Provincialism in the diaspora and Ukraine

13 June 2012, 13:19 | Society-digest | 0 |   | Code for Blog |  | 

Taras KUZIO

12 June 2012 KyivPost

A small minority of Ukrainian elites speaks English, take an interest in or understands the outside world. Ukrainian Catholic University’s Yaroslav Hrytsak believes provincialism is the hallmark of independent Ukraine’s leaders because, “practically none of the current or former presidents, prime ministers and even ministers of education speak any foreign languages except Russian (Istorychna Pravda, July 27, 2011).

President Viktor Yanukovych was the only world leader who could not speak English during the April 2010 Washington nuclear summit. Kyiv Mohyla Academy rector Serhiy Kvit said: “Today, English is perceived by the authorities to be a destructive factor that could undermine the so-called ‘progressive’ Ukrainian (post-Soviet) system of higher education and research. Poor knowledge of English, or lack of it, is a problem of all post-Soviet states, a fact that is completely ignored by the Ukrainian government.”

The Yanukovych administration became the first in two decades to prohibit “the requirement of English from applicants to the university.” In Ukraine the provincialism of elites explains why Hrytsak believes “they could not offer Ukraine anything new. This to a great extent explains the failure of the Orange Revolution and the failure of current reforms.”

Yushchenko received a diploma in bookkeeping in 1975 from the Ternopil Institute of Finance and Economics and he began his working life as a deputy to the chief accountant in a collective farm. His limited Soviet education and low ranking career could never have prepared him for the positions of National Bank of Ukraine chairperson, prime minister and president.

Yushchenko, although married to a Ukrainian-American, still speaks no English. Ukrainian party political programs are intellectually weak and ideologically amorphous, there is little to differentiate the Party of Regions from “orange” political forces in their populist economic and social policies and all of their programs cover foreign policies in an abstract manner.

Political science as the scholarly discipline taught in Europe and North America is largely non-existent in the Ukrainian education system and what does exist, political studies (politolohiya), is not political science. Politolitolohiya is isolated from European and North American political science and politolohy (political experts) come from a wide range of academic and non-academic backgrounds, very few of them speak English and most do not have political science training.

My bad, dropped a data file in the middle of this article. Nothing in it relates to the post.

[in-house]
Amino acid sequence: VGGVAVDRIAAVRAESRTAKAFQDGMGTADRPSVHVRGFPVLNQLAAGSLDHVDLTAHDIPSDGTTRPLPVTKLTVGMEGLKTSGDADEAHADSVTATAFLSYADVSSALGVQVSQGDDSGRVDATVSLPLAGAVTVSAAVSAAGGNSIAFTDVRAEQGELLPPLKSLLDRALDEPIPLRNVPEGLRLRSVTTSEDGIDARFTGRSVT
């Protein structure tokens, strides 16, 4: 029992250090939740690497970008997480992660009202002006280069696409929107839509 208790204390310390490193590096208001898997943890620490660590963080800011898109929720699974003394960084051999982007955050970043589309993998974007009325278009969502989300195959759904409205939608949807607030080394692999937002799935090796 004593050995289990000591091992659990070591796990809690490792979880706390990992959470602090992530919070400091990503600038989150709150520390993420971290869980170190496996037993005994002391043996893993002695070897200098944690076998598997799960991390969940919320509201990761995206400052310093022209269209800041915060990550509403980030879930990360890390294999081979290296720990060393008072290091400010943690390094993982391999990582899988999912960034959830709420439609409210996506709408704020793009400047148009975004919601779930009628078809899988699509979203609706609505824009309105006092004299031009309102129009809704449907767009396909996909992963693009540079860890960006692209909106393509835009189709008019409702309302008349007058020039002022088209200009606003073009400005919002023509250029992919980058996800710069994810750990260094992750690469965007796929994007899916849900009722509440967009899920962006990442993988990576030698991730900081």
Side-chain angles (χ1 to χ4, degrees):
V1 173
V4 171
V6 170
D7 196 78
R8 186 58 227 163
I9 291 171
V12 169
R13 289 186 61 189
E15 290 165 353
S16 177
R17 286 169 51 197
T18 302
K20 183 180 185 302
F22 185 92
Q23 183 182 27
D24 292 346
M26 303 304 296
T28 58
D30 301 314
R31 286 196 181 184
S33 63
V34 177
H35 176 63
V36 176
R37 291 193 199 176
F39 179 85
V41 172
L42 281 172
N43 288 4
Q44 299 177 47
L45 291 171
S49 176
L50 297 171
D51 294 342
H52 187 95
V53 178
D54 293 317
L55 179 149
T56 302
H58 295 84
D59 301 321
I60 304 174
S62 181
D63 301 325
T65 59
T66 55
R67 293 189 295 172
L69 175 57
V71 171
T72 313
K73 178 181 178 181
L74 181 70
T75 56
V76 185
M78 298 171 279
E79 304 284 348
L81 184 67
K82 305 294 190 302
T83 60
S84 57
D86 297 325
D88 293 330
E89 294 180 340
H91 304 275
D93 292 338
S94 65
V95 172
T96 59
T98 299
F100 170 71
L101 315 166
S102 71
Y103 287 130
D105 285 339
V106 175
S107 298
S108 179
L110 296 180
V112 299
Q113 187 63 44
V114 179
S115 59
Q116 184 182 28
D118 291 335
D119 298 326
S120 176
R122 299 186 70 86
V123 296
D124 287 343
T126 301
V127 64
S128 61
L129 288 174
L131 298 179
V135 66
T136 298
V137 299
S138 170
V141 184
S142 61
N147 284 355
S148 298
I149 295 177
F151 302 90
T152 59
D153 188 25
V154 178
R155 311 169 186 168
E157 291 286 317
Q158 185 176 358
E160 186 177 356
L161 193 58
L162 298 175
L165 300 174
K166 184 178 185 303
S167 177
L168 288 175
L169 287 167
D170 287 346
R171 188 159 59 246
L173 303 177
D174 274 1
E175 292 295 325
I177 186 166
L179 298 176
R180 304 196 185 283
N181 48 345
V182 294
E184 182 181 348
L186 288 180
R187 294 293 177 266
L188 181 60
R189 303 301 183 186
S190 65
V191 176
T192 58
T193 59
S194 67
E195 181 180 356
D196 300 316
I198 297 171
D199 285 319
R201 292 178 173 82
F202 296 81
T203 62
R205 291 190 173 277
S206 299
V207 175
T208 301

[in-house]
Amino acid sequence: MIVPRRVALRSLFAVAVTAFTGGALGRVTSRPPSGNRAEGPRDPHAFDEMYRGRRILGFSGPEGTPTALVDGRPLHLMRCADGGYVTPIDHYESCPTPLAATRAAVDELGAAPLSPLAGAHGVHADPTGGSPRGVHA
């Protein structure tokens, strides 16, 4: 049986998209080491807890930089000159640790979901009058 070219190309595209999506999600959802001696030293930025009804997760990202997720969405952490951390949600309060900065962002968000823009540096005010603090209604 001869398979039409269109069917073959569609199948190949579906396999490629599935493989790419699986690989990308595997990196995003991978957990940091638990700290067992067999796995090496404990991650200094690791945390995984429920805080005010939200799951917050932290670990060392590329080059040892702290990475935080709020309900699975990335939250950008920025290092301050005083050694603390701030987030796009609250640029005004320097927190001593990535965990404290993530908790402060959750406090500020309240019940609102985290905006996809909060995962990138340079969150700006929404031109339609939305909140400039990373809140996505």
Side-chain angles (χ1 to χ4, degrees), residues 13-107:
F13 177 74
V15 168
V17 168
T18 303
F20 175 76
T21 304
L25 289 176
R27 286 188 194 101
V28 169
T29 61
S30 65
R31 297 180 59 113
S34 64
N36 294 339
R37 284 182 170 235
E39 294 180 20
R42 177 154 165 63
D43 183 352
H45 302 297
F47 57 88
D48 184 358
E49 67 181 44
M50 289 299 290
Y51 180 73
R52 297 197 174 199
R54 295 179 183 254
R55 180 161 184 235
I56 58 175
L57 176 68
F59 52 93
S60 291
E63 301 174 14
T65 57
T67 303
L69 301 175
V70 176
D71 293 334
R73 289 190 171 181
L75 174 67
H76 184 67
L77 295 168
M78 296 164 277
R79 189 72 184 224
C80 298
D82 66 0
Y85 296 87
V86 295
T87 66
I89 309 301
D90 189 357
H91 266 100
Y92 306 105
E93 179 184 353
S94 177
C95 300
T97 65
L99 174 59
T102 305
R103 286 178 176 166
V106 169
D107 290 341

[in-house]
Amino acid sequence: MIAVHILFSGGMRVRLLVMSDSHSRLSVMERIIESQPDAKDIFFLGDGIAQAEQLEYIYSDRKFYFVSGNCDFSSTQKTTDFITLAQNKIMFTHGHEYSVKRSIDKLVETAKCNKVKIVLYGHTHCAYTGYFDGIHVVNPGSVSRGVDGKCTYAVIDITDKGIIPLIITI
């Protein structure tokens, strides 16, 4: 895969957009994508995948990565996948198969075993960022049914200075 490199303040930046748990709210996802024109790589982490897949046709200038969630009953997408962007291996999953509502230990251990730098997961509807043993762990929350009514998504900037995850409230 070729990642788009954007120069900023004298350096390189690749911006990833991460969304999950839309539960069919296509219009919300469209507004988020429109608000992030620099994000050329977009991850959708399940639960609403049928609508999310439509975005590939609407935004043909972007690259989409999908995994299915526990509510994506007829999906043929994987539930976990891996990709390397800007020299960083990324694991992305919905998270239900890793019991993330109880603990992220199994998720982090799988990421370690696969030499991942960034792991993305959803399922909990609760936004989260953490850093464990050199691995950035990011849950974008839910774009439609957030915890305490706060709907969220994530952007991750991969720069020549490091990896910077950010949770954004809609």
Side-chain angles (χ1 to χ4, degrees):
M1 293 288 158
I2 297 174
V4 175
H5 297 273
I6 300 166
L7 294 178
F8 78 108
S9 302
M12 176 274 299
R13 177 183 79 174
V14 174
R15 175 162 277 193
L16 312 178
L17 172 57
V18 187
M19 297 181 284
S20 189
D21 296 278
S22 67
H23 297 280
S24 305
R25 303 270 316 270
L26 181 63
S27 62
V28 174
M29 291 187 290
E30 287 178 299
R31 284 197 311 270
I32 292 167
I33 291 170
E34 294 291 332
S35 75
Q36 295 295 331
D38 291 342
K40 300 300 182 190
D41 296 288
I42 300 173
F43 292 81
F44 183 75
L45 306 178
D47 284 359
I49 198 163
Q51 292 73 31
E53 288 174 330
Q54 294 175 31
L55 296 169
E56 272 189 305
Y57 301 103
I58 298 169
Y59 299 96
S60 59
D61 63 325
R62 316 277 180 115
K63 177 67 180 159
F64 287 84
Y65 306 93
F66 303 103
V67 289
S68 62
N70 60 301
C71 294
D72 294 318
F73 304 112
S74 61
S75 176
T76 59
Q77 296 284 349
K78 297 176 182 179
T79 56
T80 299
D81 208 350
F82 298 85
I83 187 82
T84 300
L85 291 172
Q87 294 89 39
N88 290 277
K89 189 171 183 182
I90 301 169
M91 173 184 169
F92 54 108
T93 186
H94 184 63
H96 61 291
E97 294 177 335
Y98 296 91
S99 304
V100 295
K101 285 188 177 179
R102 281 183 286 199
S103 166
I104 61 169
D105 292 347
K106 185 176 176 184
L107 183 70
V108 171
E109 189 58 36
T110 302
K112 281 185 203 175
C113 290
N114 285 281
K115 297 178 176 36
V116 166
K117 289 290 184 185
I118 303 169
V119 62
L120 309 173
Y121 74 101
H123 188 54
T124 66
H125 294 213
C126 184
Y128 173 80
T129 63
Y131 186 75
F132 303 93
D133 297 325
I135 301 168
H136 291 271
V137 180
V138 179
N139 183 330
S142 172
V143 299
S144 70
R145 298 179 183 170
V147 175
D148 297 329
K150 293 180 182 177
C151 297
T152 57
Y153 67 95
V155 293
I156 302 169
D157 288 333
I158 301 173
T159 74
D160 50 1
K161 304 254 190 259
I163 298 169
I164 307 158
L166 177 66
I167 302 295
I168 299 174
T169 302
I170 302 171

Only a handful of Ukrainian universities subscribe to European and North American political science journals. Serhiy Kudelia pointed out in his “Is political science possible in Ukraine?” (Krytyka, nos.1-2, 2012) that “practically none” of the thousands of Ukrainian Ph.D. students in Ukrainian politolohiya have published their research in Western academic journals or as books in Europe and North America. Western M.A.’s and Ph.D’s, such as the M.A. from Stanford and Ph.D. from Johns Hopkins universities received by Kudelia are not recognized by Ukrainian universities – as he found out at the Kyiv Mohyla Academy and moved back to the USA where he found an academic position.

Ukraine does not publish political science journals or books. A visit to Kyiv’s bookstores and the capital city’s Petrivka book market will find very few books on Ukrainian politics except translations of Western authors. In the 1990s, there were far more books published about Ukrainian politics and the journal PolitychnaDumka (Political Thought) was published. A country that lacks political science as a discipline taught in higher education,such as Ukraine,cannot produce political elites. This is clearly evident in the poor quality and provincialism of Ukraine’s elites from both the Party of Regions and the national democratic opposition. Indeed, the Party of Regions website has an English page – unlike that of Batkivshchina or Front for Change (http://byut.com.ua/,http://frontzmin.ua/, http://www.partyofregions.org.ua/en). Meanwhile, the Party of Regions has a better record of listening to Western political consultants and elections advisers.